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Re: What tools and equipment are recommended for working on a conversion?

Post by mark »

What bench power supplies are people buying these days? Are any of the different ebay / AliExpress / Amazon ones better than others?

How many do you have? Do you connect them in series to get a higher voltage?
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Re: What tools and equipment are recommended for working on a conversion?

Post by mark »

Back with another question.

Are any sub-$300 oscilloscopes worth buying? If not specific models, what capabilities would make an oscilloscope appropriate for use on projects here? I have an old tube oscilloscope for working on audio gear, but it maxes out in the 1KHz range.

I don't mind headless (or whatever the appropriate term is) since I always have a few extra computers around.
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Re: What tools and equipment are recommended for working on a conversion?

Post by nkiernan »

mark wrote: Fri Nov 25, 2022 2:52 pm Are any sub-$300 oscilloscopes worth buying? If not specific models, what capabilities would make an oscilloscope appropriate for use on projects here? I have an old tube oscilloscope for working on audio gear, but it maxes out in the 1KHz range.
I was looking at the same thing recently and the Rigol 1054Z was suggested as a good option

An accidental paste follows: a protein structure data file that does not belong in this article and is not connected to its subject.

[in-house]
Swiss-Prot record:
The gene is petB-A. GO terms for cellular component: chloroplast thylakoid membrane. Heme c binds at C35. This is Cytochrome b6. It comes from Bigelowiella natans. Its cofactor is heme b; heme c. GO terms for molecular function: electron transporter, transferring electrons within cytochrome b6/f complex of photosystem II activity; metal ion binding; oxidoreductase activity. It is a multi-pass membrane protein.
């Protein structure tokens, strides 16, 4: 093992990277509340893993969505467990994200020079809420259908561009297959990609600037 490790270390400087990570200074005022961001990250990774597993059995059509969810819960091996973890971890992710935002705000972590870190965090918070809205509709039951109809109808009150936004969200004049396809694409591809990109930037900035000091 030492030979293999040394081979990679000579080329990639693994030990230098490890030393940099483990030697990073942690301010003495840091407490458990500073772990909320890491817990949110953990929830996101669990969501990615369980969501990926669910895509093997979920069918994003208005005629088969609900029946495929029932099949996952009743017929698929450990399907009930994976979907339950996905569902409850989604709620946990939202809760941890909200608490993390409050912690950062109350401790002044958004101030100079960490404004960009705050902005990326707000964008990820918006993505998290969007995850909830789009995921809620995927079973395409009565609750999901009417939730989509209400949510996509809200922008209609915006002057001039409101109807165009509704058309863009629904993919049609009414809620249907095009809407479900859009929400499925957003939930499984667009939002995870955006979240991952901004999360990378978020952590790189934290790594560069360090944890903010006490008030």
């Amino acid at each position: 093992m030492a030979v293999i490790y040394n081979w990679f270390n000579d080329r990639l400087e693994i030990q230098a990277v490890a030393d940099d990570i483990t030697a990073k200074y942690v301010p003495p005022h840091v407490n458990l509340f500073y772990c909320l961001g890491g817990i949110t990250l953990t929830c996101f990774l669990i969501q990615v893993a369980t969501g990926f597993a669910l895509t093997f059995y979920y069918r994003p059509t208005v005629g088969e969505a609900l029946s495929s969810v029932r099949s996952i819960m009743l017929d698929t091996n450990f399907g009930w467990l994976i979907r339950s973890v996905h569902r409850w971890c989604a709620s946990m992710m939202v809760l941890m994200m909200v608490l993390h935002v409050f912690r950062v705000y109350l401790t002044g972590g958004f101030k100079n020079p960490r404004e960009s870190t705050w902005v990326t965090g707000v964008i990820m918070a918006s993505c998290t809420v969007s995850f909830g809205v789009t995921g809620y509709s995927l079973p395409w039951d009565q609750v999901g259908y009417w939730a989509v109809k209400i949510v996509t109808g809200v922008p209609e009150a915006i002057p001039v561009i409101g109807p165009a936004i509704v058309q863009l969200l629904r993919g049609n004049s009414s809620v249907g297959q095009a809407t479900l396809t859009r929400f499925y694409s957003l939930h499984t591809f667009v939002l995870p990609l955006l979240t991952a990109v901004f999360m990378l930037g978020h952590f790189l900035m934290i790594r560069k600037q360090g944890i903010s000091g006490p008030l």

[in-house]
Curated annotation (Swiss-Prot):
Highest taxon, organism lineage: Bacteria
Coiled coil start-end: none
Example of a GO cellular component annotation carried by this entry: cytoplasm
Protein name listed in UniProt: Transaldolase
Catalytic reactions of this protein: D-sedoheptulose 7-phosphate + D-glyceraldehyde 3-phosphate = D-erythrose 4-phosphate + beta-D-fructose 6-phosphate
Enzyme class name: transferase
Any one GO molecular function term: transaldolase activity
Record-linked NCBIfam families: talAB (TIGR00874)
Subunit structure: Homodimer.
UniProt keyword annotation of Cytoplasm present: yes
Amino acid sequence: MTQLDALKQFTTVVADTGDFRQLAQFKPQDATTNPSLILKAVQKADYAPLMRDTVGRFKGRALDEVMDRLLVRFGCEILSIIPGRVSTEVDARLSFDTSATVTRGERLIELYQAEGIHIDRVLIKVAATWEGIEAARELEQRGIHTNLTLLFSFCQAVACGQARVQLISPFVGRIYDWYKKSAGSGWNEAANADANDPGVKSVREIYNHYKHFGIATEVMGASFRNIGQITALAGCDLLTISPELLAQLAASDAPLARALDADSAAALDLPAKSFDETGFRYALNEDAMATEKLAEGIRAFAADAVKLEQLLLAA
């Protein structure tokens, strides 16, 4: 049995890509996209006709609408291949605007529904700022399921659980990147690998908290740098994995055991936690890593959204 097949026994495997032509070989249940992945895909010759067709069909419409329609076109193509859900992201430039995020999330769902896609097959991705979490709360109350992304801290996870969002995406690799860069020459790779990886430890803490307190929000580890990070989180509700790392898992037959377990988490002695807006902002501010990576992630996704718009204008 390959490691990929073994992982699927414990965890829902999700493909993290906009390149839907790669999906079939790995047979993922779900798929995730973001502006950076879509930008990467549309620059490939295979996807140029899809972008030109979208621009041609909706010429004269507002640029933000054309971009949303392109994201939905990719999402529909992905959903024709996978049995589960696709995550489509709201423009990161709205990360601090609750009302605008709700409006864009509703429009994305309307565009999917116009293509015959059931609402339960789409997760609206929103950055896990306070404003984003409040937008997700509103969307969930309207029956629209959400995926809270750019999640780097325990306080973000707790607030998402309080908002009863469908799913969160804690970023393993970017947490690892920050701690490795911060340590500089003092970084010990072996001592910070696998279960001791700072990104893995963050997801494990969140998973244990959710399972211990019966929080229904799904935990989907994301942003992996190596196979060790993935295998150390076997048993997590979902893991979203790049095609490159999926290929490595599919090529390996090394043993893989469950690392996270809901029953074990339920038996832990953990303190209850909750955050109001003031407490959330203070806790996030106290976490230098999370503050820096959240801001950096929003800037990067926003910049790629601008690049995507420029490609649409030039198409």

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Re: What tools and equipment are recommended for working on a conversion?

Post by mjc506 »

My cheapy LHT00SU1 + pulseview has been fantastic. Several digital channels (pulseview supports various protocols) plus 1 analogue (-10 - +10V from memory). No good for HV stuff, but great for the low voltage side. Plus, if you plug it into a laptop and unplug the laptop charger, it becomes isolated...
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Re: What tools and equipment are recommended for working on a conversion?

Post by arber333 »

I am using this one and i am really impressed.
https://hackaday.com/2020/06/28/hantek- ... -reviewed/
https://www.amazon.com/Hantek-Oscillosc ... B07MQJR6W9

Ever so much because its truly isolated and just plain good enough for field work. Also it has a PWM signal generator which is really useful.
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Re: What tools and equipment are recommended for working on a conversion?

Post by arber333 »

mark wrote: Thu Sep 29, 2022 7:40 pm What bench power supplies are people buying these days? Are any of the different ebay / AliExpress / Amazon ones better than others?

How many do you have? Do you connect them in series to get a higher voltage?
I have two of those and they make do...
One 30V version and one 60V
https://www.aliexpress.com/item/1005001 ... 1802VbV9Li

As i wired my cells in groups of 8S i use 8S or 16S charger to stabilize groups of cells
https://www.aliexpress.com/item/1005003 ... TeicphE0rt
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Re: What tools and equipment are recommended for working on a conversion?

Post by Pete9008 »

I'd say decide what you primarily want to do with it as that heavily influences the best type of scope to go for. I have three scopes and do regularly use them all but for different things.